Sylvan Lake’s re-imagination of its lakefront continues.
Even as the finishing touches are being put on an almost decade-long, $24 million-plus project to transform the lakeshore area, more park improvements are envisioned.
Town council gave the idea of a new public space a push when it invested $5 million buying the 3.5-acre former Wild Rapids Waterslides park.
How that space will be transformed will become more clear in the next 18 months and after plenty of public input, said town economic development officer Vicki Kurz.
In the meantime, some modest changes will be made at the water slide site, beginning with a new temporary name — Lakefront Park.
“It will basically be sodded with a trail connecting from Lighthouse Point to the Chateau Suites,” said Kurz.
“It will be a relatively passive park until we decide what we are going to do with the entire site.”
This spring, the parking lot will be spruced up and turned into visitor-pay parking.
On Friday nights, it will become the site for the Farmer’s Market. Former water park washrooms have been kept and will be open to the public.
A handful of recreation-focused businesses will also operate nearby; Canadian Jetpack Adventures, SunSport Recreation and Sylvan Lake Aqua Splash.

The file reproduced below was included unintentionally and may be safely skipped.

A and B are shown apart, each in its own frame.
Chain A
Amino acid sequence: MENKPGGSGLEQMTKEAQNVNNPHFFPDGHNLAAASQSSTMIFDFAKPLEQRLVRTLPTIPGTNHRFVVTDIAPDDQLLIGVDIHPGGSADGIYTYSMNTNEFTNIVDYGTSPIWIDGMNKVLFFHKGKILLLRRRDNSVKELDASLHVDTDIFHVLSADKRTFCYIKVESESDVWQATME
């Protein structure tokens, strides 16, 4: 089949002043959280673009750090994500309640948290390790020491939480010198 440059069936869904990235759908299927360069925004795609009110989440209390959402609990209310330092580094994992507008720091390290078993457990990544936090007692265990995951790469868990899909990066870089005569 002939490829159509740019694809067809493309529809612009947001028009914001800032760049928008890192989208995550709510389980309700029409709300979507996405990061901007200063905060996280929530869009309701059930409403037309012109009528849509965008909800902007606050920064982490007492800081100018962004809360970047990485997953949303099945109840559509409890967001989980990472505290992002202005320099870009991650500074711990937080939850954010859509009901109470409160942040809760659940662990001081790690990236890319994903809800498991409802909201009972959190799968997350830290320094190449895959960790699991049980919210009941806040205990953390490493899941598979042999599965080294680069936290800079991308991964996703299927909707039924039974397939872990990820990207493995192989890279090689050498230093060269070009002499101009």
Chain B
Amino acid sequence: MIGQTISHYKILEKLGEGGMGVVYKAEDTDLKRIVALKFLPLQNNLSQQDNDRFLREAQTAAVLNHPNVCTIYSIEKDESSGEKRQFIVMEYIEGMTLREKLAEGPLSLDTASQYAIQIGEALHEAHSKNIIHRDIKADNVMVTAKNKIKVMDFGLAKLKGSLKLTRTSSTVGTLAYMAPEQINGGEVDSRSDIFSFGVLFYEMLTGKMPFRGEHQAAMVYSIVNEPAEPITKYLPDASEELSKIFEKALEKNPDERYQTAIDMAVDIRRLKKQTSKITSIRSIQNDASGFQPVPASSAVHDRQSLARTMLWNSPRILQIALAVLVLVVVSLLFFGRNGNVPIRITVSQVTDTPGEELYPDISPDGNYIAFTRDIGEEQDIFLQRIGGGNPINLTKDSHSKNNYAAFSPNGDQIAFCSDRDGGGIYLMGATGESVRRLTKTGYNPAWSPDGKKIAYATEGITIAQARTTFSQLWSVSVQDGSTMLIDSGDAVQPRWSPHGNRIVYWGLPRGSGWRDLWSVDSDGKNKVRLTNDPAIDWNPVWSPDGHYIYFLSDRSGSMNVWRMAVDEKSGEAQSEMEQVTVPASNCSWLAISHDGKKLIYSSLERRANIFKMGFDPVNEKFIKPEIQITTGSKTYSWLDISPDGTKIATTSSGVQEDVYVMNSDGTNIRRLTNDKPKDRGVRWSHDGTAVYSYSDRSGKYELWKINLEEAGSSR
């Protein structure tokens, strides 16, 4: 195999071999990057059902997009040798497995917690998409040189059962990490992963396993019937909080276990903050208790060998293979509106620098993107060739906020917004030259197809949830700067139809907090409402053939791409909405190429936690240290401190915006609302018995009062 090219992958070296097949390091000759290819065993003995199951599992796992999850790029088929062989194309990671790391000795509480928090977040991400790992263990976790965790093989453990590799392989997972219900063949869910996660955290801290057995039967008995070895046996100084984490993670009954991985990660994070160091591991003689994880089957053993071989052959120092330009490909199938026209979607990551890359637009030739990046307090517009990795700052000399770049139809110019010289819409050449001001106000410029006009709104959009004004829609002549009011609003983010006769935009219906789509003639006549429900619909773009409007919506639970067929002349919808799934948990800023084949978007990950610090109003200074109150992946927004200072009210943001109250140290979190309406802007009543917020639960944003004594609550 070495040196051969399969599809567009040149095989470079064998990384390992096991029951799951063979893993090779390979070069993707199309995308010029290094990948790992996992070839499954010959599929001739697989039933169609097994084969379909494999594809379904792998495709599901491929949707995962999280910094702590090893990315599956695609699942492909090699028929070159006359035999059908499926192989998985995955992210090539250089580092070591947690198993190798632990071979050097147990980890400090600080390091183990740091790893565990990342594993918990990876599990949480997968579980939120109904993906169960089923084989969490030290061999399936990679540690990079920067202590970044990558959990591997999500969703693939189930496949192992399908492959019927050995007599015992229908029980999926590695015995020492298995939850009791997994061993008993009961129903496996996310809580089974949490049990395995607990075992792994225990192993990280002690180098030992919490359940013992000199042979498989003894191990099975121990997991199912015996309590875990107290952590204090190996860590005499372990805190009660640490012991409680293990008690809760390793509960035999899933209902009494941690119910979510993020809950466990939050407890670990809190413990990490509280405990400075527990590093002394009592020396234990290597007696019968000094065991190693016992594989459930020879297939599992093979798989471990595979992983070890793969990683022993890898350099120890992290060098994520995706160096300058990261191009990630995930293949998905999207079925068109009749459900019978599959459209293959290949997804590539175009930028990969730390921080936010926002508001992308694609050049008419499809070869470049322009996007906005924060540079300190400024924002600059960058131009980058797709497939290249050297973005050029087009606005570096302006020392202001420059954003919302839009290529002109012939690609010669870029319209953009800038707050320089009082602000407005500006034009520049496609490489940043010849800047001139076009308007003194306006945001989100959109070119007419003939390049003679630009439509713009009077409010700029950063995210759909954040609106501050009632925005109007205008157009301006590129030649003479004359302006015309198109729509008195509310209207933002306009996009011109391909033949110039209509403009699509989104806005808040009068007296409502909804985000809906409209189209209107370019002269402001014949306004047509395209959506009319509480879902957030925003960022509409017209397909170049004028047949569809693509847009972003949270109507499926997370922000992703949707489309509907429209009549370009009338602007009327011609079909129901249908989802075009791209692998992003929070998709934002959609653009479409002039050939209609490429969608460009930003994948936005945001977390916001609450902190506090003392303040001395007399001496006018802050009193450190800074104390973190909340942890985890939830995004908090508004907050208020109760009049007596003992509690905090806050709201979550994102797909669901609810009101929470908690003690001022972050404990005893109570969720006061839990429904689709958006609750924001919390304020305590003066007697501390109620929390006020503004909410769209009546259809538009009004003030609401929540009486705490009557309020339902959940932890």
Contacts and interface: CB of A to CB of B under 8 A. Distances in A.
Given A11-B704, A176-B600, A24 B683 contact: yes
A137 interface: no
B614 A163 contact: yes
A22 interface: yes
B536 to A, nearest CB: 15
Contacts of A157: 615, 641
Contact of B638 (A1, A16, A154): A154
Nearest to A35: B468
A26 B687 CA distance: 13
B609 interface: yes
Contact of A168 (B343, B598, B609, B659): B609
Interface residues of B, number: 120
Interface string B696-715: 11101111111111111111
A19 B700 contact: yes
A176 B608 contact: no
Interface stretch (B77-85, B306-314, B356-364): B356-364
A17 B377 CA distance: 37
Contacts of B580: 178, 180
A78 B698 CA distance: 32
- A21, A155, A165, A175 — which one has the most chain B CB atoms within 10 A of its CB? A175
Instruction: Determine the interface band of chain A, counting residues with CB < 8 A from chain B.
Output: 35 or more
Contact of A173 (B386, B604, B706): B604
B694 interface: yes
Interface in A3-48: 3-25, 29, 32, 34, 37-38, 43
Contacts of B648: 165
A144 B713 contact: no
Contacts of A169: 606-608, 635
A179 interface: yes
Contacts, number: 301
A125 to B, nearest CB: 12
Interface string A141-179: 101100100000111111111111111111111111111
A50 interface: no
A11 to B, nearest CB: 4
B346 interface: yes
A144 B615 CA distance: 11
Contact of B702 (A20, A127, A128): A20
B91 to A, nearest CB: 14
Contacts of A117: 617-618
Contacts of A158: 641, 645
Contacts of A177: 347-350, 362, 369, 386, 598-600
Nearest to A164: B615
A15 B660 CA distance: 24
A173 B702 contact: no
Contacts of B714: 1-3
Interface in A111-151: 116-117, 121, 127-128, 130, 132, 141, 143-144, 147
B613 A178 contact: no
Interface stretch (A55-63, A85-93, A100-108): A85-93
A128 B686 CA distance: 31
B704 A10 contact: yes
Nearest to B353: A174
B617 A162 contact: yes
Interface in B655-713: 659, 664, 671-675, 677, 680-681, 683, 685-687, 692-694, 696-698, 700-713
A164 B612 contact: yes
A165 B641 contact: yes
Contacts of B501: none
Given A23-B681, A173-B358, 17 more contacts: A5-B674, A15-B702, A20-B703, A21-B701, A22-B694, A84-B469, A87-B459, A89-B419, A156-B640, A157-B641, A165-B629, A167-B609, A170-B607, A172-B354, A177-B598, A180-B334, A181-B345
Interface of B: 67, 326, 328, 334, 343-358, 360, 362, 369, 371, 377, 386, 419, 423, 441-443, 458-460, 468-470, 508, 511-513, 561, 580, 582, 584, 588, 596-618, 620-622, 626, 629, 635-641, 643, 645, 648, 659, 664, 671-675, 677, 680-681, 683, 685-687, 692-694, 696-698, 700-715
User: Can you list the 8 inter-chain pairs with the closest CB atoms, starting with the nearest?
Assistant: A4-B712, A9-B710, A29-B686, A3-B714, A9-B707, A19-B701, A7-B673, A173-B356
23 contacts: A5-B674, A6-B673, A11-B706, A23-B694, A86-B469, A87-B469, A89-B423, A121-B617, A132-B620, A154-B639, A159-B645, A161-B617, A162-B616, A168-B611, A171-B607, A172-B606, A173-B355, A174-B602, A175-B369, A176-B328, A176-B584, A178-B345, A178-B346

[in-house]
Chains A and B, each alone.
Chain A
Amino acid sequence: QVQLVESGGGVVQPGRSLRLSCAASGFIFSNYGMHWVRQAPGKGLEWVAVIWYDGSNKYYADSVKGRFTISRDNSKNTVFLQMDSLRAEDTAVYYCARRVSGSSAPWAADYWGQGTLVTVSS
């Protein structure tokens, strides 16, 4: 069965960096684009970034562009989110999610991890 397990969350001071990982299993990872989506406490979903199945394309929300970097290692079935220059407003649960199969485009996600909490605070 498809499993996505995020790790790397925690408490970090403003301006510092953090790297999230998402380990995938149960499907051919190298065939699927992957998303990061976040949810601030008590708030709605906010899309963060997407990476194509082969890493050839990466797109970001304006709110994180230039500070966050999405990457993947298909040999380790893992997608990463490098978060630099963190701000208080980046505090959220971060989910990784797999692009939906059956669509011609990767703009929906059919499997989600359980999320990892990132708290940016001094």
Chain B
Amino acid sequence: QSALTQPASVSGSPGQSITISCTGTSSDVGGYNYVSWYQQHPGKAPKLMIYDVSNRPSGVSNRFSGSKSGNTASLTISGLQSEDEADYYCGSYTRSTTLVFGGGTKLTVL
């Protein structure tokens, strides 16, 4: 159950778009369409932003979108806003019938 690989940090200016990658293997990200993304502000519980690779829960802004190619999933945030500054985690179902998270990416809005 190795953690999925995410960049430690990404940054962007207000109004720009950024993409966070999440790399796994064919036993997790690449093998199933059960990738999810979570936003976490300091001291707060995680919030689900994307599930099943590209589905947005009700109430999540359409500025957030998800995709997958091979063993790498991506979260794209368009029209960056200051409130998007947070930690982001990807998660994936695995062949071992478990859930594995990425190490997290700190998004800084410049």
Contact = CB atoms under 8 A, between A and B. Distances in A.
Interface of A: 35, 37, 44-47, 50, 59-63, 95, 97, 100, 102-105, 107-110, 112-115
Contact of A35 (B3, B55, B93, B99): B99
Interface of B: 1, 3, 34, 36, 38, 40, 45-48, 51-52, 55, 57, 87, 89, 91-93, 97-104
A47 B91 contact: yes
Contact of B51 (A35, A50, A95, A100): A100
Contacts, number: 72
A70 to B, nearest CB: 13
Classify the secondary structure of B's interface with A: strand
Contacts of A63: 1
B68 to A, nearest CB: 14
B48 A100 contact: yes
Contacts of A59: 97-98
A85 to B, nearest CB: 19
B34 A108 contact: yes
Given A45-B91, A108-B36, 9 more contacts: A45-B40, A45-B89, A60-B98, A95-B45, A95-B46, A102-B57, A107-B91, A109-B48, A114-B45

The planning process to redevelop the entire area is just getting started. Council has set aside $215,000 for a waterfront redevelopment strategy for the water slide land, as well as the Sylvan Lake Provincial Park.
The town wants to take control of the park and tie it into the future recreational area. A 60-day public consultation period led by the province is still underway.
Local residents and businesses will get opportunities later this year to make their suggestions for the waterfront area as preliminary work gets underway.
Serious design work is expected to take place next May at a design charrette, which Kurz calls an “intense, three-day workshop.
“That will determine site attributes and what we can physically fit on (the site), all those sorts of things.”
There will be many other opportunities for public input before a concept goes to council for approval.
One of the reasons the planning process is not being rushed is because of the October municipal elections. It will be up to the new council to decide how the project proceeds.